University of London considers outsourcing careers service

Institution investigates commercial options to generate surplus

January 16, 2014

The University of London could outsource its careers service, which provides advice to students at more than 50 institutions, to a for-profit private firm, it has emerged.

But the university has stressed that no decisions have yet been made on plans to create a “commercial services business” and that outsourcing is only one option on the table.

On 2 December, staff were sent a letter from Chris Cobb, the chief operating officer, outlining a programme to create “commercial shared services” in order to “generate additional surplus” for research activities and “sustainable management of the property portfolio”.

Four “delivery options” under consideration include the creation of a “new entity with a commercial partner utilising a wide range of the university’s existing services and back-office provision”.

It is understood that the university has already been in talks with about a dozen firms to scope out interest, although a final decision is not expected until the summer.

One option is that the university could allow a private firm to run the careers service for profit, using only the university’s brand and reputation. Another suggestion is that the University of London computer centre could be run with a private firm.

However, other shared services, such as centrally owned accommodation and the university’s International Academy (formerly the external degree system), are not thought to be part of the plans.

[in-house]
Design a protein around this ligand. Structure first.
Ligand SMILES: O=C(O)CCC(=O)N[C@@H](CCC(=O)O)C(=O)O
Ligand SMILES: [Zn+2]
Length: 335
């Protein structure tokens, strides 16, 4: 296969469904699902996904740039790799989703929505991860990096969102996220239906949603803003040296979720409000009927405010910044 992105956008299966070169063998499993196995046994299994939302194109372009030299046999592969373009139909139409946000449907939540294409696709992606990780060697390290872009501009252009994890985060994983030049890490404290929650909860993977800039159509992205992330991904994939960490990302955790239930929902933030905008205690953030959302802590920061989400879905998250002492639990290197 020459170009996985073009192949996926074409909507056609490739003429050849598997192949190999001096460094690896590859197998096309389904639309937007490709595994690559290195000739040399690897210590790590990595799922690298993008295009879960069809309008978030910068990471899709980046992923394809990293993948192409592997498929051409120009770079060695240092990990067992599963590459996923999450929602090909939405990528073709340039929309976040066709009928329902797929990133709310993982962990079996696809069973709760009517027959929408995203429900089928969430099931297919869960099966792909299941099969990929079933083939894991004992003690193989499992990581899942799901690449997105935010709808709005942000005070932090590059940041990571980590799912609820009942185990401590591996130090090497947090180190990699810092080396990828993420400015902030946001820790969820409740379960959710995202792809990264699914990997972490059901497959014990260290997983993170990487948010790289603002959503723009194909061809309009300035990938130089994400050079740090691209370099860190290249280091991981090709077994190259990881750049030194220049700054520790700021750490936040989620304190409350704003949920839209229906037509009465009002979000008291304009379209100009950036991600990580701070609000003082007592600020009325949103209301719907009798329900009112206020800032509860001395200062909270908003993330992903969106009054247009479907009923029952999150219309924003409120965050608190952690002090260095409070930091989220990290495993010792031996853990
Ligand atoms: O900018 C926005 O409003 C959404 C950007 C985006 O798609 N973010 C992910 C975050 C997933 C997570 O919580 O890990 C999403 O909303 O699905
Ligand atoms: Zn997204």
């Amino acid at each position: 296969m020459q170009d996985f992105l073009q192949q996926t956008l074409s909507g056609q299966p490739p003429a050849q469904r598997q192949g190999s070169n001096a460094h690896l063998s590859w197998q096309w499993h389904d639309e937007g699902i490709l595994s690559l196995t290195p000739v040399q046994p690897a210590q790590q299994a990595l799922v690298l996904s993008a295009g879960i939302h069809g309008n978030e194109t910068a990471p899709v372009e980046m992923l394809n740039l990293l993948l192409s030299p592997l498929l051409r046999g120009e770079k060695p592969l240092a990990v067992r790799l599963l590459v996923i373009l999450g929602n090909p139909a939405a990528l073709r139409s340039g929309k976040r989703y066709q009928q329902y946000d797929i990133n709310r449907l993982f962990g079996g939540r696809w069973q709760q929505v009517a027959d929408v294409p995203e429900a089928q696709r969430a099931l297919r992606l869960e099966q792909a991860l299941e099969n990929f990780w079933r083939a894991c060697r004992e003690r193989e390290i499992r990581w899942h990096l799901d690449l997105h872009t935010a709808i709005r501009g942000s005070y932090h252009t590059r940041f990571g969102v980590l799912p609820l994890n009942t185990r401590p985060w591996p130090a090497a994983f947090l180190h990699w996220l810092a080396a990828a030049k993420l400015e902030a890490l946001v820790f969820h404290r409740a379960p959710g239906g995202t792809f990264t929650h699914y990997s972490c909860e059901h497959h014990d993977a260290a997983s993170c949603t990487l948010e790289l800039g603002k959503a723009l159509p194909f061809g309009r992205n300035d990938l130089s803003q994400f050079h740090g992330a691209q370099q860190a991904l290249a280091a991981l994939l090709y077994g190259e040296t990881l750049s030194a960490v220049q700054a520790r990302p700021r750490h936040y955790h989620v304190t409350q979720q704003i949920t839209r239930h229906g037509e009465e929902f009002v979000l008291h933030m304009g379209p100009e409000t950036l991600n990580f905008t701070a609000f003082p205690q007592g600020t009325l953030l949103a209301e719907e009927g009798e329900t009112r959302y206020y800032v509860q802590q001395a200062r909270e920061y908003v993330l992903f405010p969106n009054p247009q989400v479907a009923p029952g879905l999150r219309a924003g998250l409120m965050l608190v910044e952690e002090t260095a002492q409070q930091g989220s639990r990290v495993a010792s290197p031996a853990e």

Andy Young, a regional support official for the University and College Union London, said: “We oppose privatisation and [changes] detrimental to jobs and terms and conditions. Our members are very concerned about this [and] what this may mean about the quality of service.”

Other options listed in the letter include setting up a “speculative technology venture” without transferring existing services, and maximising “commercial potential from existing services through internal restructuring and investment”.

Mr Cobb told Times Higher Education that the four options were designed to be “a catalyst for debate and (if we decide to pursue this further) it is likely that a final outcome will be a hybrid of these models”.

david.matthews@tsleducation.com

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